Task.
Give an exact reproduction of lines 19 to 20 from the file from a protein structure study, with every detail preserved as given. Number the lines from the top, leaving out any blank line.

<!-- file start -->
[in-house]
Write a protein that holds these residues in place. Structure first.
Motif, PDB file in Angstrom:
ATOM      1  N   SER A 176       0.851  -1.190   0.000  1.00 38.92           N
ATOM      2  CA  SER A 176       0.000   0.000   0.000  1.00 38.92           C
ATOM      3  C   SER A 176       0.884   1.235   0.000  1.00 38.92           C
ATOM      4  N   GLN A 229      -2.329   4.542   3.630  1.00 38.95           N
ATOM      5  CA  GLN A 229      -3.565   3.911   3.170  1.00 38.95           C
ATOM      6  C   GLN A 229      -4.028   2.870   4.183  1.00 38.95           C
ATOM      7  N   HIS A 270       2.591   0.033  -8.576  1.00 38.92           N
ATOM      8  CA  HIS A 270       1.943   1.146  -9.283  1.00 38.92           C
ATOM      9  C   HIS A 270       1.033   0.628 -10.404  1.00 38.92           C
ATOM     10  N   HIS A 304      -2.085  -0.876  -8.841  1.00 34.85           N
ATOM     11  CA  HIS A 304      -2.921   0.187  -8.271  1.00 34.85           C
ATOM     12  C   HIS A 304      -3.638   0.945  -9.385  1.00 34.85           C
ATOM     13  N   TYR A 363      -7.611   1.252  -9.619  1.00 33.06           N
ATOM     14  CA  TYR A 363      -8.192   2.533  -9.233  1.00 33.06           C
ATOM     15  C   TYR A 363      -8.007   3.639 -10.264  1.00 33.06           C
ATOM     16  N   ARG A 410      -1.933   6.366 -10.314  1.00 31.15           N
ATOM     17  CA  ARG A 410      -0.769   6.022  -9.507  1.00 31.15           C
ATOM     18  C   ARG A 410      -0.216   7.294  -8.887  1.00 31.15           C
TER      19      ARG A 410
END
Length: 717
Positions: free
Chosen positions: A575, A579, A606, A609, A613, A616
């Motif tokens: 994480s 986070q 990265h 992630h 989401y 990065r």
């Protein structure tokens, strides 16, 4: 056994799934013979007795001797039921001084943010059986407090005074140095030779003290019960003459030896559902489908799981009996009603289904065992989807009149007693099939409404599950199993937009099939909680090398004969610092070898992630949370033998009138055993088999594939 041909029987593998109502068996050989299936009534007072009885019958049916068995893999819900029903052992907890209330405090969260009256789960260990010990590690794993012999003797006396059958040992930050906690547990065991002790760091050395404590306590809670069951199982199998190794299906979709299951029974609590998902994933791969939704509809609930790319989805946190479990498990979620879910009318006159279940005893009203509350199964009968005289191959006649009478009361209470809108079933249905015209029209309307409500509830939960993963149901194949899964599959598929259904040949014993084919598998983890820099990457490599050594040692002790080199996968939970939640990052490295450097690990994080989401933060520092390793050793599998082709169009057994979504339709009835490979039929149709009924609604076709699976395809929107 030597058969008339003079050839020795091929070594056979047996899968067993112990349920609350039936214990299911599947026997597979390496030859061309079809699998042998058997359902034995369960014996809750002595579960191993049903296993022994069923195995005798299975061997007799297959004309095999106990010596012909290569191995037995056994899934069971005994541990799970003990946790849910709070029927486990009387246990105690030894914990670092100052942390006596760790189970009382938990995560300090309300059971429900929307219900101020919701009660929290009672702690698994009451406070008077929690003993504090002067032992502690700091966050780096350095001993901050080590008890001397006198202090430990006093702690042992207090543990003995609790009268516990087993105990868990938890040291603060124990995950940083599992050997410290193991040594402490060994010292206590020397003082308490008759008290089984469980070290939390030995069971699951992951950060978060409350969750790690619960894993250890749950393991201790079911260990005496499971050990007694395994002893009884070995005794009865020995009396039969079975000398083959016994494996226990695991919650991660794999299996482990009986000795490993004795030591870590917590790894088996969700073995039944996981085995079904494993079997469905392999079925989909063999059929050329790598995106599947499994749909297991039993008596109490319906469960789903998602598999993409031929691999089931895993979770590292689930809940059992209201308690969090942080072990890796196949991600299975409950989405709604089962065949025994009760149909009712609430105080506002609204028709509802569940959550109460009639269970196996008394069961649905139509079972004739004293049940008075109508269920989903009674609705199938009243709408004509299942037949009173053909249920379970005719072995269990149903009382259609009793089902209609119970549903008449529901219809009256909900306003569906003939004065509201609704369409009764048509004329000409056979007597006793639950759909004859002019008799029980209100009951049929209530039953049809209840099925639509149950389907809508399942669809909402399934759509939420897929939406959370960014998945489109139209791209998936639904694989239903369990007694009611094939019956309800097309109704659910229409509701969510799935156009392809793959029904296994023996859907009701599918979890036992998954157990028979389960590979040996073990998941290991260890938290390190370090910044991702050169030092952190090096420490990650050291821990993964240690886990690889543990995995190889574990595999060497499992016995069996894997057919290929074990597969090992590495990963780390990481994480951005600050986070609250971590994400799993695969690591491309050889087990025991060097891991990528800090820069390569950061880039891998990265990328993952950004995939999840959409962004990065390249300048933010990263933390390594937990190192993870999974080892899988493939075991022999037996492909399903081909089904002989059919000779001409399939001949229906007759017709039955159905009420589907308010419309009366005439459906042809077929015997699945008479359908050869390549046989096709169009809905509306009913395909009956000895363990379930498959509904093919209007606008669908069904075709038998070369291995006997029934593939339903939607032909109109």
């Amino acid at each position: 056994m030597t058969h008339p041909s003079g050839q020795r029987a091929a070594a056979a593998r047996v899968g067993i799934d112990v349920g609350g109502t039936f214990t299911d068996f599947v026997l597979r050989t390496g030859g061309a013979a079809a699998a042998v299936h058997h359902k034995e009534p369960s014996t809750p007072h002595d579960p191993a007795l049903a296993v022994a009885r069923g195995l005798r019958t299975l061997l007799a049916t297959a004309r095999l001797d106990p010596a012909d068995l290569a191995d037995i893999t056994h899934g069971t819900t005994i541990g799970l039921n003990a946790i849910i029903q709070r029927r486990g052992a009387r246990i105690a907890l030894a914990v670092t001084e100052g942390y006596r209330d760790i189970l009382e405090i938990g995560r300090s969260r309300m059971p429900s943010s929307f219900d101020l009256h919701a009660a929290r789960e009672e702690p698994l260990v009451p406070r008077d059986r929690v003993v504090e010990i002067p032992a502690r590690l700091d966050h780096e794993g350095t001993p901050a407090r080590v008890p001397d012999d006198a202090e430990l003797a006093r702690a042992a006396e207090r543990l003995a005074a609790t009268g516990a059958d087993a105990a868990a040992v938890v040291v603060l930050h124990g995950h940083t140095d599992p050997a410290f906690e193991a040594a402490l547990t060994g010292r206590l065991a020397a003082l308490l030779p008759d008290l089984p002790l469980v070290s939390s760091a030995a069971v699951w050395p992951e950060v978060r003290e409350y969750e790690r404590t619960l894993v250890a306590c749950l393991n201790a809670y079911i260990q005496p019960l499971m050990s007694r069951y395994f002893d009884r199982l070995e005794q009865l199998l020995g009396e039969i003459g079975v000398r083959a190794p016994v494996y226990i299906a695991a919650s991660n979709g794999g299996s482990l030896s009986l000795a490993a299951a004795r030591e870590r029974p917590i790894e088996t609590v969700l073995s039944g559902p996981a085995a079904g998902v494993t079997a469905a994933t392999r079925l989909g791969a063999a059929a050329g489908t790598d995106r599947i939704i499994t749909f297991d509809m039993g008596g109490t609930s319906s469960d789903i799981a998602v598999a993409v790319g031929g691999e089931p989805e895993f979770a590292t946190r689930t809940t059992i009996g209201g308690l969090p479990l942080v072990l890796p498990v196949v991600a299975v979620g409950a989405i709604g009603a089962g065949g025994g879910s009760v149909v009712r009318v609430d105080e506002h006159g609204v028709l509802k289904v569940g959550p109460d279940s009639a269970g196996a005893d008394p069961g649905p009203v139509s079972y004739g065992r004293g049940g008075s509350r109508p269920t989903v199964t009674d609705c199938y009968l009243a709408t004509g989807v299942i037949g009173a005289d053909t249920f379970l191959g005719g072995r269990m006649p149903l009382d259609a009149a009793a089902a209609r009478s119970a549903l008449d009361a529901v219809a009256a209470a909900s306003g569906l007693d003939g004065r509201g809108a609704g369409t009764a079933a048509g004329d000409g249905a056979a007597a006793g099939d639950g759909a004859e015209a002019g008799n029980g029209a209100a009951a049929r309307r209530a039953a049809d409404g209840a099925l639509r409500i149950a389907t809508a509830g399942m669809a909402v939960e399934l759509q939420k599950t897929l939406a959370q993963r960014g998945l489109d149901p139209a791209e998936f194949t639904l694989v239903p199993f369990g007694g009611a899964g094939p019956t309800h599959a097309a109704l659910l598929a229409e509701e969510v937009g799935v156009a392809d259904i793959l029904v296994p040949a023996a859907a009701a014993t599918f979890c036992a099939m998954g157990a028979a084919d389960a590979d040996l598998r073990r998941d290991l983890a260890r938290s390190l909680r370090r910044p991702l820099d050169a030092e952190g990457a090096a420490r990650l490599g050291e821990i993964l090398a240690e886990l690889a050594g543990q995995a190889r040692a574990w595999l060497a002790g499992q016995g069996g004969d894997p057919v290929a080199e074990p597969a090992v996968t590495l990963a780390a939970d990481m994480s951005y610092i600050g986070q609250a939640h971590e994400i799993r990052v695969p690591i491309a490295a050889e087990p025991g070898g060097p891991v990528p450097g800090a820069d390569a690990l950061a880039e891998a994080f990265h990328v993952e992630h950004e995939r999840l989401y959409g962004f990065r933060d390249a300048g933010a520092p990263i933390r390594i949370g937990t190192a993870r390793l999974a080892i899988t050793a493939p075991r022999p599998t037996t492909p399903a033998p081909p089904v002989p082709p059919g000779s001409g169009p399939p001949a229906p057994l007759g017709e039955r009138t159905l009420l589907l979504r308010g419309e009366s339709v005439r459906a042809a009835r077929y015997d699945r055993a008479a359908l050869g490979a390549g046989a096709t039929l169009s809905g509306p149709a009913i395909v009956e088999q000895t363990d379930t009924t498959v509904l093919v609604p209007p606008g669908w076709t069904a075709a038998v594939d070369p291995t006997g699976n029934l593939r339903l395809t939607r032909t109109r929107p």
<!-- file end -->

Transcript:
ATOM     16  N   ARG A 410      -1.933   6.366 -10.314  1.00 31.15           N
ATOM     17  CA  ARG A 410      -0.769   6.022  -9.507  1.00 31.15           C